The opinion of the court was delivered by: Honorable Barry Ted Moskowitz United States District Judge
ORDER RE MOTIONS IN LIMINE
On January 4, 2010, the Court held a hearing on the parties' motions in limine. For the reasons discussed on the record, the Court rules as follows:
1. Enea's motion to exclude evidence that Baghai's Employment Agreement or HIlderman's Severance Agreement violates Cal. Bus. & Prof. Code § 16600 [Doc. # 139] is DENIED without prejudice as premature. Issues regarding the applicability of Cal. Bus. & Prof. Code § 16600 or Arizona law governing non-competition clauses are legal matters, not evidentiary ones, and are best left for resolution at the appropriate time.
2. Enea's motion to exclude any expert opinion of Alan Hoffman and Nietin Gupta [Doc. # 139-1] is GRANTED.
3. Enea's motion to exclude evidence that Hilderman had a right to solicit Enea customers and employees [Doc. # 139-2] is DENIED without prejudice. Specific objections regarding this issue may be raised at trial.
4. Enea's motion to exclude evidence that trade secrets cannot be derived from matters in the public domain [139-3] is DENIED without prejudice. The circumstances under which a trade secret can be based on matters in the public domain can be addressed in the jury instructions.
5. Enea's motion to exclude evidence that Enea did not suffer monetary loss [139-4] is DENIED without prejudice. Enea may make specific objections regarding this issue at trial.
6. The Court defers ruling on Counter-Defendants' motion to limit Enea's trade secret evidence and argument [Doc. # 140].
Counter-Defendants seek to exclude evidence of trade secrets not identified by Enea in its "Trade Secret Disclosure." Cal. Civ. Proc. Code § 2019.210 provides:
In any action alleging the misappropriation of a trade secret under the Uniform Trade Secrets Act (Title 5 (commencing with Section 3426) of Part 1 of Division 4 of the Civil Code), before commencing discovery relating to the trade secret, the party alleging the misappropriation shall identify the trade secret with reasonable particularity subject to any orders that may be appropriate under Section 3426.5 of the Civil Code. (Emphasis added.) The California Court of Appeal explains, "Before a defendant is compelled to respond to a complaint based upon claimed misappropriation or misuse of a trade secret and to embark on discovery which may be both prolonged and expensive, the complainant should describe the subject matter of the trade secret with sufficient particularity to separate it from matters of general knowledge in the trade or of special knowledge of those persons who are skilled in the trade, and to permit the defendant to ascertain at least the boundaries within which the secret lies." Diodes, Inc. v. Franzen, 260 Cal. App. 2d 244, 253 (1968).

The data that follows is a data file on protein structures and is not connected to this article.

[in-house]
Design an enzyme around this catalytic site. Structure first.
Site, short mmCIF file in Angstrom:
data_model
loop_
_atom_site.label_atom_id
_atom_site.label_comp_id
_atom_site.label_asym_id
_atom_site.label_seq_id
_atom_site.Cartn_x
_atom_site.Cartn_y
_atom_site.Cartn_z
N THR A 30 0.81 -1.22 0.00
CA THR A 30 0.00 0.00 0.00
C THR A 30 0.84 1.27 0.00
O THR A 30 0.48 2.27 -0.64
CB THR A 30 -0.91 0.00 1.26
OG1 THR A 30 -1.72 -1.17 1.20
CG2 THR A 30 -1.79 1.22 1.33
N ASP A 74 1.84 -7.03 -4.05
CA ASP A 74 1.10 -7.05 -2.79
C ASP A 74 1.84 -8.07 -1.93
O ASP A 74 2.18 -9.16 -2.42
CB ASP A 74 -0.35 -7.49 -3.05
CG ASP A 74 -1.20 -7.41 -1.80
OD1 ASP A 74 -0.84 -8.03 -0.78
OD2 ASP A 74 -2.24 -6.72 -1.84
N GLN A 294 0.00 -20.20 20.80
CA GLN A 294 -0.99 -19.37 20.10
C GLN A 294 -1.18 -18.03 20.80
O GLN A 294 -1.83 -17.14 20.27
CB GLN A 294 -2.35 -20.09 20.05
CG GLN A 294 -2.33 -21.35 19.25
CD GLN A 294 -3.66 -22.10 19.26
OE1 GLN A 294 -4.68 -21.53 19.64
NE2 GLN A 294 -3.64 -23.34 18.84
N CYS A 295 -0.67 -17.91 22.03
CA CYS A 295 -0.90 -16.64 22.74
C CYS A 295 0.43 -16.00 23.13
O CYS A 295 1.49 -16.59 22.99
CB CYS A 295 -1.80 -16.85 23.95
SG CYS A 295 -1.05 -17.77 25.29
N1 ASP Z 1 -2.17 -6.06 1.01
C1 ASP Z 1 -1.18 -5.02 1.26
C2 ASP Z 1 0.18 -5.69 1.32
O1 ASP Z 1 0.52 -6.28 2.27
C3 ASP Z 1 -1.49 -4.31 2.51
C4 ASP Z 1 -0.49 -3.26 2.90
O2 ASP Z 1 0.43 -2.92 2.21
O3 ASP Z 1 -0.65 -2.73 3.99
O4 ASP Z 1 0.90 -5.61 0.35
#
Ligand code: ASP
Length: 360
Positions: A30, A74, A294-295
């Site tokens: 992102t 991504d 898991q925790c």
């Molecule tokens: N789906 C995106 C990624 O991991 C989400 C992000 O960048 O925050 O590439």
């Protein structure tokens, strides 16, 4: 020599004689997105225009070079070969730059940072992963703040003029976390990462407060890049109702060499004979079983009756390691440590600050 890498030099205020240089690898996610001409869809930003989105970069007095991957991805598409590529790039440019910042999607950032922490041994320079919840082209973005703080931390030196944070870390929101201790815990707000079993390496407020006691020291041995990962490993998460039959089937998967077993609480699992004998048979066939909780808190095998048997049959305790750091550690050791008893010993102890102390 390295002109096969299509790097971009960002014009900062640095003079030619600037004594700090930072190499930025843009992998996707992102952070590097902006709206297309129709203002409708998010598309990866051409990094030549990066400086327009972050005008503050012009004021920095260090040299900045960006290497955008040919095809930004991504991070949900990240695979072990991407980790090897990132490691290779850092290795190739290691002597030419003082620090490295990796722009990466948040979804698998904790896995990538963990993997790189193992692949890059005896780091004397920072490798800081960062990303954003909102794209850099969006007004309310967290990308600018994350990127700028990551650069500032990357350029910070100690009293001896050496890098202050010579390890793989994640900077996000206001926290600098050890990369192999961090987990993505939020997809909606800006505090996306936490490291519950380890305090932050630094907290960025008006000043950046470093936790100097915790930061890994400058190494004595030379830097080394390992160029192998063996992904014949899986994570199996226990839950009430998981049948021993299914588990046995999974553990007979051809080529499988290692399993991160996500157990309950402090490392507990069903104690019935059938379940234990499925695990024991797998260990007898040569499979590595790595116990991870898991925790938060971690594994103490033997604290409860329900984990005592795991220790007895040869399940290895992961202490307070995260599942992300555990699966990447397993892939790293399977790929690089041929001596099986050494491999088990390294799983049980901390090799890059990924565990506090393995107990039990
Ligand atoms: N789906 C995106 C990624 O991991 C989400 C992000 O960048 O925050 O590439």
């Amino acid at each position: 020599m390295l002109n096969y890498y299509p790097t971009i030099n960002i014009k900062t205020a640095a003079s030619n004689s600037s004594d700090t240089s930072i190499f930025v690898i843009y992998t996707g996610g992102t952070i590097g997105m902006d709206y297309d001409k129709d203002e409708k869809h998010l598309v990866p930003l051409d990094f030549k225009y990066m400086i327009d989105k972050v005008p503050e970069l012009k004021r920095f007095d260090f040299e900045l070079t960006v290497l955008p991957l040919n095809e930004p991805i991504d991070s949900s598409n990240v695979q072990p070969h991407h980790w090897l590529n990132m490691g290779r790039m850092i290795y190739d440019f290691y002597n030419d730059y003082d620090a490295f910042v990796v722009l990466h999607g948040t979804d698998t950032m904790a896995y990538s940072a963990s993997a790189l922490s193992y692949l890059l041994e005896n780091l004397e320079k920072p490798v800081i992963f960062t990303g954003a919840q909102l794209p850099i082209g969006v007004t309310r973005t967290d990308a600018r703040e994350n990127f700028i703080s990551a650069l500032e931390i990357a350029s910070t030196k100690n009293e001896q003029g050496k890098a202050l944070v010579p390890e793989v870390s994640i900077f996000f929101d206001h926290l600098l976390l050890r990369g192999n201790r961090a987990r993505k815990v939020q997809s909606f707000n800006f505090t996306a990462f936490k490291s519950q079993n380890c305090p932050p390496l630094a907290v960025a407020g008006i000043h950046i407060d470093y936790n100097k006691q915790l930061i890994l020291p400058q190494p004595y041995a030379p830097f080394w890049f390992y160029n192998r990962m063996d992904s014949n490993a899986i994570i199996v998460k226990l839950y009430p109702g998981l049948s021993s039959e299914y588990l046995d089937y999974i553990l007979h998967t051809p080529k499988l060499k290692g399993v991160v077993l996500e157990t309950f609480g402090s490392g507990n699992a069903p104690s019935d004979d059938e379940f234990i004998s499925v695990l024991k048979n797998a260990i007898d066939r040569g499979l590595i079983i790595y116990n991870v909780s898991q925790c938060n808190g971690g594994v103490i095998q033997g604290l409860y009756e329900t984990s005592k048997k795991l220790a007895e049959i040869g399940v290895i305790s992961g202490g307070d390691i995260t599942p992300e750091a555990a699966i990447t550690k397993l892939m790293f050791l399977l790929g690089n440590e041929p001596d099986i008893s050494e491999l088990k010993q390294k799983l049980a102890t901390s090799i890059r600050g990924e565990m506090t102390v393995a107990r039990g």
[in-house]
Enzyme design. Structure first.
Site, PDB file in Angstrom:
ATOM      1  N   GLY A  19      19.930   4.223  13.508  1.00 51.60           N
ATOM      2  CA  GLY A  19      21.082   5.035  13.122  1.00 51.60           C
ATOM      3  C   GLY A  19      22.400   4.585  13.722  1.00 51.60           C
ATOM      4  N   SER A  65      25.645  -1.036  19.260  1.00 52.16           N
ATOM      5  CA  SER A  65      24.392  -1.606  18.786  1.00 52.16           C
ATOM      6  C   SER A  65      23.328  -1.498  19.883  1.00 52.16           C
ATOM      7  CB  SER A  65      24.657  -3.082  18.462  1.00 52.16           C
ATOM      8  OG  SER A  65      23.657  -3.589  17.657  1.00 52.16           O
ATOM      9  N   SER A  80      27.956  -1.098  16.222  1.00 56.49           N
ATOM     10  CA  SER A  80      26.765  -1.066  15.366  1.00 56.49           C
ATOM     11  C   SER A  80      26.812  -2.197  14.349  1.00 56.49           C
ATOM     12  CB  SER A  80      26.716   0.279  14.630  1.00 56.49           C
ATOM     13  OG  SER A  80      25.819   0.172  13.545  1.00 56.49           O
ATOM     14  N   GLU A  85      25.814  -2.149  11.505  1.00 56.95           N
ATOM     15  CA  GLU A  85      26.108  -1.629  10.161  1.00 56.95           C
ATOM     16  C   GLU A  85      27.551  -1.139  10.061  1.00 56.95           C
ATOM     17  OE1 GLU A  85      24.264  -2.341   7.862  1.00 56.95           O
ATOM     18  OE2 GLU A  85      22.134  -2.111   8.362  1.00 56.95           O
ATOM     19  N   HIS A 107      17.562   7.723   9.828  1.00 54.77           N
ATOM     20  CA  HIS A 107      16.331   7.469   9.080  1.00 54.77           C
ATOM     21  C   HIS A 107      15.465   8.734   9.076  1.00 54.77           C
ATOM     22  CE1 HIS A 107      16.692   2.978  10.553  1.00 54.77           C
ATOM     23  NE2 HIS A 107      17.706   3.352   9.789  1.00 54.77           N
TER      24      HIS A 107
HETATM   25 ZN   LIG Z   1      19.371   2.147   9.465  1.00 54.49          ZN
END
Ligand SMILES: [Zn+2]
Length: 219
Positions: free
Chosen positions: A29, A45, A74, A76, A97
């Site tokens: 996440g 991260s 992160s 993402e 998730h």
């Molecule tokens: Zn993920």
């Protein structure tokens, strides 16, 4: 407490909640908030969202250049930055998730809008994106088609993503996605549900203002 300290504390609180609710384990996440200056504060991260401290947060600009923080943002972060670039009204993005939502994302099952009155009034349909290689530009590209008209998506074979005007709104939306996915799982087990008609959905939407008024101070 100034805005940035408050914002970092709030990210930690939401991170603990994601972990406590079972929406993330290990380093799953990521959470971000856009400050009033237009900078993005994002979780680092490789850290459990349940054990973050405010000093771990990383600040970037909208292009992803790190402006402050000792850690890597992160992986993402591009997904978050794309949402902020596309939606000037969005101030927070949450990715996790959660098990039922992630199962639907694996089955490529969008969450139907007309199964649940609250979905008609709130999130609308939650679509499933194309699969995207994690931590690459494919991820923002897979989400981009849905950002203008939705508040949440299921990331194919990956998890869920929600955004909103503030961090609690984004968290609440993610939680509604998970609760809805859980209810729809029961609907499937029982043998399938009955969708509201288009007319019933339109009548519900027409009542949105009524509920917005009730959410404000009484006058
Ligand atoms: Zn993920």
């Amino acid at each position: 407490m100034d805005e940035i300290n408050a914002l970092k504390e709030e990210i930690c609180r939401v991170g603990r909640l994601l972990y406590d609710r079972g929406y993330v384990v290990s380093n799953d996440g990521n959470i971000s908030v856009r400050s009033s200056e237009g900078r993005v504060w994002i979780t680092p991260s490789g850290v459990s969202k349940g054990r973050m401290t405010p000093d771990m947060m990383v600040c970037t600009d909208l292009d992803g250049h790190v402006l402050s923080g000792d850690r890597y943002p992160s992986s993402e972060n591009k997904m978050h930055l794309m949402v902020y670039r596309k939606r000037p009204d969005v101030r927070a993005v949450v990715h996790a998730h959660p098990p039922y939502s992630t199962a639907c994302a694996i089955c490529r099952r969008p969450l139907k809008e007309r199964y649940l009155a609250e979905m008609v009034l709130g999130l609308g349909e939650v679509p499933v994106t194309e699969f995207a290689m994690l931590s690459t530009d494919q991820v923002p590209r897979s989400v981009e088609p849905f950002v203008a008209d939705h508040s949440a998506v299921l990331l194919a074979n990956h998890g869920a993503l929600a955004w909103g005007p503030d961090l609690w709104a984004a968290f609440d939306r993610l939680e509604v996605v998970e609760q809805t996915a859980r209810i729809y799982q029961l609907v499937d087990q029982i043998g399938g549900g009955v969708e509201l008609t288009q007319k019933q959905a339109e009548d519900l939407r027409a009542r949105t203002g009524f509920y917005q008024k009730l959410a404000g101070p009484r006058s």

On April 3, 2006, Enea served a Trade Secret Disclosure on Counter-Defendants. The Disclosure identified the following trade secrets: (1) Enea employee internal and private e-mail addresses; (2) Enea's customers and potential customers obtained by HighRely; and (3) DO178B Critical Processes and Checklists and referenced processes and checklists. Counter-Defendants argue that Enea is bound by its disclosure and is prohibited from introducing evidence/argument regarding other alleged trade secrets such as pricing information, vendor leads, and employee leads. However, for the reasons discussed below, the Court concludes that Cal. Civil. Proc. Code § 2019.210 does not govern this federal action.
In determining whether a state rule applies, the court must initially determine if the state rule conflicts with an applicable Federal Rule of Civil Procedure. Hanna v. Plumer, 380 U.S. 460, 471 (1965). If it does, then the Federal Rule governs unless it has been promulgated outside the scope of the Rules Enabling Act or is otherwise unconstitutional. Id. If there is no conflict, the court applies the Erie analysis (Erie R.R. Co. v. Tompkins, 304 U.S. 64 (1938)), to determine if the state rule should be enforced.
The Ninth Circuit has not decided whether Cal. Civil. Proc. Code § 2019.210 applies to actions in federal court. The district courts have reached different conclusions. In Computer Economics, Inc. v. Gartner Group, Inc., 50 F. Supp. 2d 980 (S.D. Cal. 1999), the court held that § 2019.20 applied and that the defendant was entitled to refuse to produce discovery because plaintiff had not complied with § 2019(d). The court concluded that § 2019.20 did not conflict with any provisions of Fed. R. Civ. P. 26.
Courts in the Eastern District have reached the opposite conclusion. See Funcat Leisure Craft, Inc. v. Johson Outdoors, Inc., 2007 WL 273949 (E.D. Cal. Jan. 29, 2007) (holding that § 2019.210 does not apply to a federal action - "[U]nless stipulated otherwise or ordered after stipulation pursuant to case management orders, it is not within the discretion of the court to willy nilly apply bits and pieces of the discovery civil procedure codes of the various states, even the state in which the district court sits."); Proven Methods Seminars, LLC v. American Grants & Affordable Housing Institute, 2008 WL 282374 (E.D. Cal. Jan. 31, 2008). Other courts have applied § 2019.210 without engaging in an analysis under Hanna. See, e.g., Pixion, Inc. v. PlaceWare, Inc., 421 F. Supp. 2d 1233, 1242 (N.D. ...